North American energy trade boosts our economic and energy security

February 20, 2018

(by Jack N. Gerard, president and CEO of the American Petroleum Institute)

WASHINGTON – The job-creating, economy-boosting resurgence in U.S. natural gas and oil production shows no signs of slowing down.

The latest projections from the U.S. Energy Information Administration show domestic oil production is expected to reach a new high of 10.6 million barrels per day this year, on its way to nearly 12 million barrels per day by 2040. The United States is projected to become a net exporter of oil and natural gas combined by 2023.

The positive impact of American energy abundance is wide-ranging. As The New York Times reports: "The results go far beyond the economic, offering Washington strategic weapons once unthinkable. The United States and its allies now have a supply cushion at a time when political turmoil in Venezuela, Libya and Nigeria is threatening to interrupt flows to markets."

Overseas disruptions once sent gasoline prices soaring, but that supply cushion provides what we call energy security. And our energy trade with Canada and Mexico further strengthens that security.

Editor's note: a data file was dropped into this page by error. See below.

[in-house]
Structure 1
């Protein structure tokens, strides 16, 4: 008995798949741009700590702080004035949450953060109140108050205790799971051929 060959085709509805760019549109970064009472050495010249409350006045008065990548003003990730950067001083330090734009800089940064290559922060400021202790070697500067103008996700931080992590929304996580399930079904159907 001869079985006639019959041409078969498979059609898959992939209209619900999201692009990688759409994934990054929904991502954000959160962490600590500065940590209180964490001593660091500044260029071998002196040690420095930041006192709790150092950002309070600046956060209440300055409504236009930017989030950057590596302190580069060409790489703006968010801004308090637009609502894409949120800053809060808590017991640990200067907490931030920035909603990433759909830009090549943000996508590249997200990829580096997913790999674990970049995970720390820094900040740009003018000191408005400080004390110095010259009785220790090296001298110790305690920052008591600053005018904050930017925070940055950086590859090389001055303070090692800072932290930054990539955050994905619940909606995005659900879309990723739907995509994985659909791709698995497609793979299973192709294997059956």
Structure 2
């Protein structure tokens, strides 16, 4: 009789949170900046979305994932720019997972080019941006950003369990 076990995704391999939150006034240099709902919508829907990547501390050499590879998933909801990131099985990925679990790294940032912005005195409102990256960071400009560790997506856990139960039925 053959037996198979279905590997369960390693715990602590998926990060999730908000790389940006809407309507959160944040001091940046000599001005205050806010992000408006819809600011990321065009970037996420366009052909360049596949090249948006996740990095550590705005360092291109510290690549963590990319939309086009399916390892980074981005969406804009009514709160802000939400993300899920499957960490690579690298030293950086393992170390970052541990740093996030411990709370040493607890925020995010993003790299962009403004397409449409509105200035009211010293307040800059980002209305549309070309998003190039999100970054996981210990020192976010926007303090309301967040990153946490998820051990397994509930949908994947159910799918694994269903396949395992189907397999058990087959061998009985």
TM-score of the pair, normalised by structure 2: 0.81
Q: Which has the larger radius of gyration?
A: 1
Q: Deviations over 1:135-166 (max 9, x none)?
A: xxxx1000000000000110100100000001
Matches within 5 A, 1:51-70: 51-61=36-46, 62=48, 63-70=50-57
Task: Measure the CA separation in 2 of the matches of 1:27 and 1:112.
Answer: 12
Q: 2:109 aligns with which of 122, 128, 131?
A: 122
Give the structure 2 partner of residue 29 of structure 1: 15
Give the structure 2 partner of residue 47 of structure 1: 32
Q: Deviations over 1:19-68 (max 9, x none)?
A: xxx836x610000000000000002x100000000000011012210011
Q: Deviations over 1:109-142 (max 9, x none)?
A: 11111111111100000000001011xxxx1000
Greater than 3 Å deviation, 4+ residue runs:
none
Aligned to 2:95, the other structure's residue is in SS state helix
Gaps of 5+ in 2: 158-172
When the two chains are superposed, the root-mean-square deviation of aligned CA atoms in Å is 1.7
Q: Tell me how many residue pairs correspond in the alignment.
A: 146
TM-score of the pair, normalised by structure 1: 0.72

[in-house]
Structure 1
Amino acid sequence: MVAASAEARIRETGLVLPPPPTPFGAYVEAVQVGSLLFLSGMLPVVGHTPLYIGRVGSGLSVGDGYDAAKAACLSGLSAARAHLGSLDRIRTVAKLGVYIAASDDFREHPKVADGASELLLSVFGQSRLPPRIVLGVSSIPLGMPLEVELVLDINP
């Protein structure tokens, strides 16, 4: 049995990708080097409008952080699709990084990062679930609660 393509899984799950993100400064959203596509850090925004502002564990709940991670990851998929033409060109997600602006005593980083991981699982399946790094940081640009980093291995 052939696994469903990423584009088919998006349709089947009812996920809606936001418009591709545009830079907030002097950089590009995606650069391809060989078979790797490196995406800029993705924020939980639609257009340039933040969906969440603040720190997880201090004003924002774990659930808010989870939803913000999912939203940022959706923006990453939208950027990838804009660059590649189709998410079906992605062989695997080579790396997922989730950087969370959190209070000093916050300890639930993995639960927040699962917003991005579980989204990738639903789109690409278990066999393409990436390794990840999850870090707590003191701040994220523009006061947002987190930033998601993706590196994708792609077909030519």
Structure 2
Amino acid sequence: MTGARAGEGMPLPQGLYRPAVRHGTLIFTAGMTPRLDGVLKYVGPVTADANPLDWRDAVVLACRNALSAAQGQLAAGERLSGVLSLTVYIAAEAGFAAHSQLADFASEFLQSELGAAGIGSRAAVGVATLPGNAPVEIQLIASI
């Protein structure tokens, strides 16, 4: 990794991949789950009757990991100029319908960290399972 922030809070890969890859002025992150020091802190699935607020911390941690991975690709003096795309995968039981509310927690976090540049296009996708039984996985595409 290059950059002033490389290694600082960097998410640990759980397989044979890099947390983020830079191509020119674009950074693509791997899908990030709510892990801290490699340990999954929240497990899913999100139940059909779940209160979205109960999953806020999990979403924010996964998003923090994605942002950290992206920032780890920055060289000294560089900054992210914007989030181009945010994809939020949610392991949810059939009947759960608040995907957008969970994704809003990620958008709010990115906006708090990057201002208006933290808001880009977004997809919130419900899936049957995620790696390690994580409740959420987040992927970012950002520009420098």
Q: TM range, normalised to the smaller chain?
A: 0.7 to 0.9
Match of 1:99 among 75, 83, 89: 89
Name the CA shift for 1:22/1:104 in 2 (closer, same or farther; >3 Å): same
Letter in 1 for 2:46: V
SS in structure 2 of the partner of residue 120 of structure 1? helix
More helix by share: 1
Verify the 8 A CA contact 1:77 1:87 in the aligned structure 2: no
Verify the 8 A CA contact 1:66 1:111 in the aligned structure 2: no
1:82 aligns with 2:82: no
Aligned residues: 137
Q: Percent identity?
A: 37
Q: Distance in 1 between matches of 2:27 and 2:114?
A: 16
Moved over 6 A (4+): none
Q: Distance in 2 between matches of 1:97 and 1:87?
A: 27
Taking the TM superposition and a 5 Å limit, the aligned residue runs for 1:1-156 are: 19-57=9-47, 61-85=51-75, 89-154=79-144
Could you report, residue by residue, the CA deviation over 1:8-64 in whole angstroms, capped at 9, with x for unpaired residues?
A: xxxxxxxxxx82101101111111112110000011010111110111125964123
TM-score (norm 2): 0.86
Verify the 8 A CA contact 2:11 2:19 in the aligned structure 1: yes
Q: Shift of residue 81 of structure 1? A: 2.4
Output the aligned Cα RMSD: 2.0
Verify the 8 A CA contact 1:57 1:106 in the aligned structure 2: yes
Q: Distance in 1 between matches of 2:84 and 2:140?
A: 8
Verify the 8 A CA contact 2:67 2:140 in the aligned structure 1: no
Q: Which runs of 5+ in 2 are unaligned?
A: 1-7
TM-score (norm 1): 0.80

Trade partnerships supported by the North American Free Trade Agreement (NAFTA) provide for a stable source of energy to supplement our own strong production.

As the world's leading natural gas and oil producer, we're importing less and less. And the more of that "less and less" we can source from reliable neighbors in our own continental backyard, the greater our energy security. In fact, projections show North America could be self-sufficient in terms of liquid fuels as soon as 2020.

Just as important are the economic benefits generated by our energy exports to Canada and Mexico – among our top energy customers.

Canada is both our No. 1 source of crude oil imports and the No. 1 market for our crude exports. Mexico is our largest outlet for natural gas exports and the No. 1 export market for U.S. finished motor gasoline, accounting for 52 percent of all U.S. gasoline exports.

The United States sold more than 660 million barrels of crude oil and refined products to Canada and Mexico in 2016. Across a host of energy product categories – from jet fuel to natural gas – Mexico and Canada consistently...

Read entire article at Bradenton Herald.


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